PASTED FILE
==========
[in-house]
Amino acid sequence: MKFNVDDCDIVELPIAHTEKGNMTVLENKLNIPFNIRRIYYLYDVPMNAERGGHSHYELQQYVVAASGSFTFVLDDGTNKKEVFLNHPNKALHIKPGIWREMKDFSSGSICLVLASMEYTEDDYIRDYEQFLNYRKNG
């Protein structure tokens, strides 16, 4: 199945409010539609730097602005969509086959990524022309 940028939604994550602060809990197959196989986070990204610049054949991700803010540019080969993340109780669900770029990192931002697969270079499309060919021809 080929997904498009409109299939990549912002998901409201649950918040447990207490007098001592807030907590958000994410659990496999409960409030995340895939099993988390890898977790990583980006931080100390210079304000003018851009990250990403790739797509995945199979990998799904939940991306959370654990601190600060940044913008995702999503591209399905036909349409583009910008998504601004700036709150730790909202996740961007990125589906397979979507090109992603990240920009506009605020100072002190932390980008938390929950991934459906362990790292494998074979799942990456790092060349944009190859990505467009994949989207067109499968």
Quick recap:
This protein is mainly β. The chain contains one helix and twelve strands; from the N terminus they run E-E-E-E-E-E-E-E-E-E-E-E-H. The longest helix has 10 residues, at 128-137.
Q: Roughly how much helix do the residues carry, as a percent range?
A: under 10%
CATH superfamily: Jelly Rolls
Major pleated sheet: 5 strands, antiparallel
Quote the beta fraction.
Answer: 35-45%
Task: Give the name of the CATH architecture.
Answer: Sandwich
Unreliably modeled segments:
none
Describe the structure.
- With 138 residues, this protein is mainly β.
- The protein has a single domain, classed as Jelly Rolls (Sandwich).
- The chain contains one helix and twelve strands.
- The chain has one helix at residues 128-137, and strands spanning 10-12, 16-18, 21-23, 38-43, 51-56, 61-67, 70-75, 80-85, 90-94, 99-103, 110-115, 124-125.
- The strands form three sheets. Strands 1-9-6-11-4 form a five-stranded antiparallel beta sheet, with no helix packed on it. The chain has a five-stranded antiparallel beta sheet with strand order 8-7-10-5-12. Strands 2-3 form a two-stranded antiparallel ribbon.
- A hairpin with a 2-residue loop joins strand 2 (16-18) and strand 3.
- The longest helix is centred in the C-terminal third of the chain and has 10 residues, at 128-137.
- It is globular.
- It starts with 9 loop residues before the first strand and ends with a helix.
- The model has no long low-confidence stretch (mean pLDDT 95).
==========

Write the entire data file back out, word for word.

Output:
[in-house]
Amino acid sequence: MKFNVDDCDIVELPIAHTEKGNMTVLENKLNIPFNIRRIYYLYDVPMNAERGGHSHYELQQYVVAASGSFTFVLDDGTNKKEVFLNHPNKALHIKPGIWREMKDFSSGSICLVLASMEYTEDDYIRDYEQFLNYRKNG
């Protein structure tokens, strides 16, 4: 199945409010539609730097602005969509086959990524022309 940028939604994550602060809990197959196989986070990204610049054949991700803010540019080969993340109780669900770029990192931002697969270079499309060919021809 080929997904498009409109299939990549912002998901409201649950918040447990207490007098001592807030907590958000994410659990496999409960409030995340895939099993988390890898977790990583980006931080100390210079304000003018851009990250990403790739797509995945199979990998799904939940991306959370654990601190600060940044913008995702999503591209399905036909349409583009910008998504601004700036709150730790909202996740961007990125589906397979979507090109992603990240920009506009605020100072002190932390980008938390929950991934459906362990790292494998074979799942990456790092060349944009190859990505467009994949989207067109499968």
Quick recap:
This protein is mainly β. The chain contains one helix and twelve strands; from the N terminus they run E-E-E-E-E-E-E-E-E-E-E-E-H. The longest helix has 10 residues, at 128-137.
Q: Roughly how much helix do the residues carry, as a percent range?
A: under 10%
CATH superfamily: Jelly Rolls
Major pleated sheet: 5 strands, antiparallel
Quote the beta fraction.
Answer: 35-45%
Task: Give the name of the CATH architecture.
Answer: Sandwich
Unreliably modeled segments:
none
Describe the structure.
- With 138 residues, this protein is mainly β.
- The protein has a single domain, classed as Jelly Rolls (Sandwich).
- The chain contains one helix and twelve strands.
- The chain has one helix at residues 128-137, and strands spanning 10-12, 16-18, 21-23, 38-43, 51-56, 61-67, 70-75, 80-85, 90-94, 99-103, 110-115, 124-125.
- The strands form three sheets. Strands 1-9-6-11-4 form a five-stranded antiparallel beta sheet, with no helix packed on it. The chain has a five-stranded antiparallel beta sheet with strand order 8-7-10-5-12. Strands 2-3 form a two-stranded antiparallel ribbon.
- A hairpin with a 2-residue loop joins strand 2 (16-18) and strand 3.
- The longest helix is centred in the C-terminal third of the chain and has 10 residues, at 128-137.
- It is globular.
- It starts with 9 loop residues before the first strand and ends with a helix.
- The model has no long low-confidence stretch (mean pLDDT 95).